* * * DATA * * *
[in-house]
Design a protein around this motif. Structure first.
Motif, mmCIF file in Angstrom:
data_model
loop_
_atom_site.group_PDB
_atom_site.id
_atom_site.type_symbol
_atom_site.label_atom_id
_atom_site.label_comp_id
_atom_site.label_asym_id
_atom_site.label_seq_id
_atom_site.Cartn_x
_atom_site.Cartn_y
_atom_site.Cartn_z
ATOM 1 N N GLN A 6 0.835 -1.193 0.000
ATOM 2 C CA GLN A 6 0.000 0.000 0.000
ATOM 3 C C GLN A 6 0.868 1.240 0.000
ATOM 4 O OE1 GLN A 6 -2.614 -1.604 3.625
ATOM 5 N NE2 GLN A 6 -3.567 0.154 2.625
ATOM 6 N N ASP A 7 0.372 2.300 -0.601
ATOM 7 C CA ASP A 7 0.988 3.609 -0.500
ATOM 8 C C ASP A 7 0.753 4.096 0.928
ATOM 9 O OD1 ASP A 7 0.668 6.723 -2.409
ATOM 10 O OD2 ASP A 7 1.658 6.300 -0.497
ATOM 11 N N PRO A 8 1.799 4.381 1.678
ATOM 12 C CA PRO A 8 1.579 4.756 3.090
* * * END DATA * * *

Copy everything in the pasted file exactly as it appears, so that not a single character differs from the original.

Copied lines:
[in-house]
Design a protein around this motif. Structure first.
Motif, mmCIF file in Angstrom:
data_model
loop_
_atom_site.group_PDB
_atom_site.id
_atom_site.type_symbol
_atom_site.label_atom_id
_atom_site.label_comp_id
_atom_site.label_asym_id
_atom_site.label_seq_id
_atom_site.Cartn_x
_atom_site.Cartn_y
_atom_site.Cartn_z
ATOM 1 N N GLN A 6 0.835 -1.193 0.000
ATOM 2 C CA GLN A 6 0.000 0.000 0.000
ATOM 3 C C GLN A 6 0.868 1.240 0.000
ATOM 4 O OE1 GLN A 6 -2.614 -1.604 3.625
ATOM 5 N NE2 GLN A 6 -3.567 0.154 2.625
ATOM 6 N N ASP A 7 0.372 2.300 -0.601
ATOM 7 C CA ASP A 7 0.988 3.609 -0.500
ATOM 8 C C ASP A 7 0.753 4.096 0.928
ATOM 9 O OD1 ASP A 7 0.668 6.723 -2.409
ATOM 10 O OD2 ASP A 7 1.658 6.300 -0.497
ATOM 11 N N PRO A 8 1.799 4.381 1.678
ATOM 12 C CA PRO A 8 1.579 4.756 3.090